3 Popular Photo Gadgets to Avoid #81
Photo Tips Podcast: 3 Popular Photo Gadgets to Avoid #81
3 Popular Photo Gadgets to Avoid #81
Over the past couple of weeks I talked about the tools I enjoy having in my camera bag. Today it's going to be the worst tools I’ve ever run into. I’ll be honest, I don’t actually own any of these products but I’ve dealt with many people who have brought them out on sessions with me. First on my list is the Platypod. I'm not a fan of this product at all. I know they a really devoted fan base but I’m just not one of them. I find that it's very heavy for what it does and I find that it's not versatile at all and you still need a head to mount to it. That being the case why not just get a table top tripod so you are at least a few inches off the surface the device is sitting on. Furthermore, if you don’t have a flat surface to work with you are kinda screwed. Even though ideally you want a flat surface to work with on a tripod, I can always make a tripod work even if the surface is uneven. As a result of this, the company is now offering little feet that you can add to your Platypod. But again what’s the point? Why not just get a small tripod.
Another horrible product are plastic Holga filters. When I was shooting film and teaching photography, I remember a student came to me very excited about a camera he had just bought. Why? Because it was $20 dollars and it shot medium format film. So what is this thing? It was called a Holga. Well it’s a plastic camera with a plastic lens that allowed you to shoot with medium format film. Medium format film was generally 2 inches wide, and most medium format cameras gave you a 2x2 negative. The advantage was that this was much bigger than 35mm film and gave you a ton more resolution. But since the Holga had a plastic lens, the image quality was total crap. And since it was $20 dollars the housing was crap too. So what made it crap besides this plastic lens? Because that $20 camera always had light leaks. Since film is light sensitive you had to make sure that the camera housing was completely light proof otherwise you would get streaks of light through your image. So, this student came to me bragging about how cool this was. Because the results were totally uncontrollable. This is where I start pounding my head against the wall. Because he thought it was cool because it was producing crappy images. In many ways it was doing what Instagram filters do today, but these days you know what your images will look like before you save the image. These cameras were really popular among young photo students in the same way the filters on Instagram are really popular now. So with the advent of digital Holga has introduced the filter wheel. It's a device that will fit on your very expensive camera with the uber high resolution sensor to basically give you a really crappy image with weird color combinations. My question is why not just do this in Photoshop or Light room? It makes absolutely no sense to me. Why would you spend extra money and carry extra weight in your bag to do this? Ok, enough of that.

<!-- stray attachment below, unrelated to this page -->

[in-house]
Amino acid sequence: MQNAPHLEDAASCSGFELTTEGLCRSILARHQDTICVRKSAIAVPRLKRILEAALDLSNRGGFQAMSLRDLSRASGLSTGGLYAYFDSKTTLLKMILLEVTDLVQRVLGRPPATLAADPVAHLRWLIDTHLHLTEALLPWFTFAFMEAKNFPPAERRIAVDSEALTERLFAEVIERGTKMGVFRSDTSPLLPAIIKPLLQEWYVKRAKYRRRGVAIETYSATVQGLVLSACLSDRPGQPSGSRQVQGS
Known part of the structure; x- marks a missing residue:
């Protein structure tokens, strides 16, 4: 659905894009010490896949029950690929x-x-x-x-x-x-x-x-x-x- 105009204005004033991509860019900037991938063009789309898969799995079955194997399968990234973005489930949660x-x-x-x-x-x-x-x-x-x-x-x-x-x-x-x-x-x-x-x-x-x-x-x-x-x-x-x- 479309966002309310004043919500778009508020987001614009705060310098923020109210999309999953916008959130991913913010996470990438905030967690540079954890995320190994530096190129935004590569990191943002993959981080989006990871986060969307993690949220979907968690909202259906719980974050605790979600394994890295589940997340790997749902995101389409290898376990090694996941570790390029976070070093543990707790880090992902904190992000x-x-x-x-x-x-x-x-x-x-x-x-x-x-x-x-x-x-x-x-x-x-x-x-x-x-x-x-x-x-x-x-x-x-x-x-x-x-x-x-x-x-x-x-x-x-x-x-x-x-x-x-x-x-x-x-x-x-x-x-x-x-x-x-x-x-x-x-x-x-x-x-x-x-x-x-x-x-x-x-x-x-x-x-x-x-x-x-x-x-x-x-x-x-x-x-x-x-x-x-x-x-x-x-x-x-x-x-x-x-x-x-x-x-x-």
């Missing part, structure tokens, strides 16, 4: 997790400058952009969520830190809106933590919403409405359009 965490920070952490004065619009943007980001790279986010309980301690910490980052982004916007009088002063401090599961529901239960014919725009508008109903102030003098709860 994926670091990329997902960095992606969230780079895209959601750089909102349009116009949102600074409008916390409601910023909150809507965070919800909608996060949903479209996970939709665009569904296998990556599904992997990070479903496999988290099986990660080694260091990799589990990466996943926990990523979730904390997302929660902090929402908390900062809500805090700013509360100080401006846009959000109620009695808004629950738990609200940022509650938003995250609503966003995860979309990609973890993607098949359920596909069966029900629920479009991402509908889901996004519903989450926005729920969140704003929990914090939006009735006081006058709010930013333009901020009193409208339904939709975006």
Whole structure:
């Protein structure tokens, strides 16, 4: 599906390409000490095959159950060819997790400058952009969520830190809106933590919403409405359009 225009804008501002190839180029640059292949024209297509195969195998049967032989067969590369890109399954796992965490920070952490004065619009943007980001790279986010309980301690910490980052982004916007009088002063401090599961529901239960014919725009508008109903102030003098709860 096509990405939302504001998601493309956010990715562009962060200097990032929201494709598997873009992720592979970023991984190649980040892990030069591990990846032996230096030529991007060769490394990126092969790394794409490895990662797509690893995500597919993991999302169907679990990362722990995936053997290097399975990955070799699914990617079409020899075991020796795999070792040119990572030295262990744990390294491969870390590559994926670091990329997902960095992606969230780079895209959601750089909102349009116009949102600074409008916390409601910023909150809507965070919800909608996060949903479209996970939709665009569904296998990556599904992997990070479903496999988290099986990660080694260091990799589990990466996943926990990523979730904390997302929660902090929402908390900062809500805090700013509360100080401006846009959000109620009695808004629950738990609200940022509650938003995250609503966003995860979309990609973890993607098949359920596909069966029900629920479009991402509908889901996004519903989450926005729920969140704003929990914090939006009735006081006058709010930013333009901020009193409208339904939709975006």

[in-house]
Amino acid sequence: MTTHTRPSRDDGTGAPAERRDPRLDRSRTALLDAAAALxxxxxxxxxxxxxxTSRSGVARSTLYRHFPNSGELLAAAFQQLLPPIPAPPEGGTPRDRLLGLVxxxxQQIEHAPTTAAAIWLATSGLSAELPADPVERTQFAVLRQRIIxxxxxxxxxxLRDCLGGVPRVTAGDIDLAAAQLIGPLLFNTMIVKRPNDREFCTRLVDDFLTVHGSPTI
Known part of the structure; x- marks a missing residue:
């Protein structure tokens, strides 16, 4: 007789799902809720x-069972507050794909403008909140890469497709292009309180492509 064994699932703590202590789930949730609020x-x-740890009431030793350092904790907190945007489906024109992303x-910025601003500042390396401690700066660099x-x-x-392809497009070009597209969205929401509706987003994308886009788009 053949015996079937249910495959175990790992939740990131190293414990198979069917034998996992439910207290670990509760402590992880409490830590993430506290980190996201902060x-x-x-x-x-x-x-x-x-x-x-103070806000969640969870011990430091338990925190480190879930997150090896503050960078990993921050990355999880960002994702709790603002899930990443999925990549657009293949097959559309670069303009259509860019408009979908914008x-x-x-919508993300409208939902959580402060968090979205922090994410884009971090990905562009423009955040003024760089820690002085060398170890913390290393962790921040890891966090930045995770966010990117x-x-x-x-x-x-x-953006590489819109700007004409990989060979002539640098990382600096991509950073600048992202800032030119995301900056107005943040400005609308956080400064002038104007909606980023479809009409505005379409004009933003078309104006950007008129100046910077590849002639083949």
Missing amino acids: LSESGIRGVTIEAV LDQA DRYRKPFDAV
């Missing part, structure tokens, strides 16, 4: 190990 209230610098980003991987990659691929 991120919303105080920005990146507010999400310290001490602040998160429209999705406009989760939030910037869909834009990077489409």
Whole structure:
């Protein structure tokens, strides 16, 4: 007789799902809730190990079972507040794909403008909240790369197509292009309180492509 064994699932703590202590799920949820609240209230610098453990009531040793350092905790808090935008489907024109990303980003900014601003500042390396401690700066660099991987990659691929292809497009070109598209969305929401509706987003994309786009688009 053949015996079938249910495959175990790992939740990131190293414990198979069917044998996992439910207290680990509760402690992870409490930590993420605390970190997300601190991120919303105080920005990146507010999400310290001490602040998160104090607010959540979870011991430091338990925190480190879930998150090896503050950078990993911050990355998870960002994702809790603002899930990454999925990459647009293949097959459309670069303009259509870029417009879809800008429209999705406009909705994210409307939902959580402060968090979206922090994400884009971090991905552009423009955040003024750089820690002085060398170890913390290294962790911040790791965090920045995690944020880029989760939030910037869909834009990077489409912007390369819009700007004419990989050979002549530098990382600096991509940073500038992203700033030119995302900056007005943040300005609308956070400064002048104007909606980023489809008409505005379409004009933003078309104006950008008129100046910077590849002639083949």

My third pick for worst camera tools is the lens cleaning pen. I'm willing to bet that most of you listening to this have one in your bag or have debated buying one. Why is this such a bad product? Well the brush really should not be used for your sensor as it's not anti static and will likely introduce more dust into your camera than it removes. And if you were planning on using it for your lens, well, it's not going to remove any finger prints. It will remove dust but why not just blow on it? So the brush is all but useless. But then there's the other side of the pen which is a lot more problematic. It's got a flat disc with a microfiber cloth stuck to it that is meant for more serious cleaning. But here's the problem, once that microfiber is dirty you can't get that clean again. And it's so small that it's really only good for maybe two cleanings before it's dirty. And heaven forbid you use this on your sensor! Aside from the dirty issue you can't get it into the corners of your sensor anyway. If you need something to clean your lens carry a micro fiber cloth that you can throw in your washer. And for your sensor buy a dedicated cleaning brush. They’ll allow you to get into the corners and they’re usually single use only for a reason. Although I have had these pens, because they have come with something else I've purchased, I've never allowed one to make it into my camera bag.
So those are my three worse photo gadgets.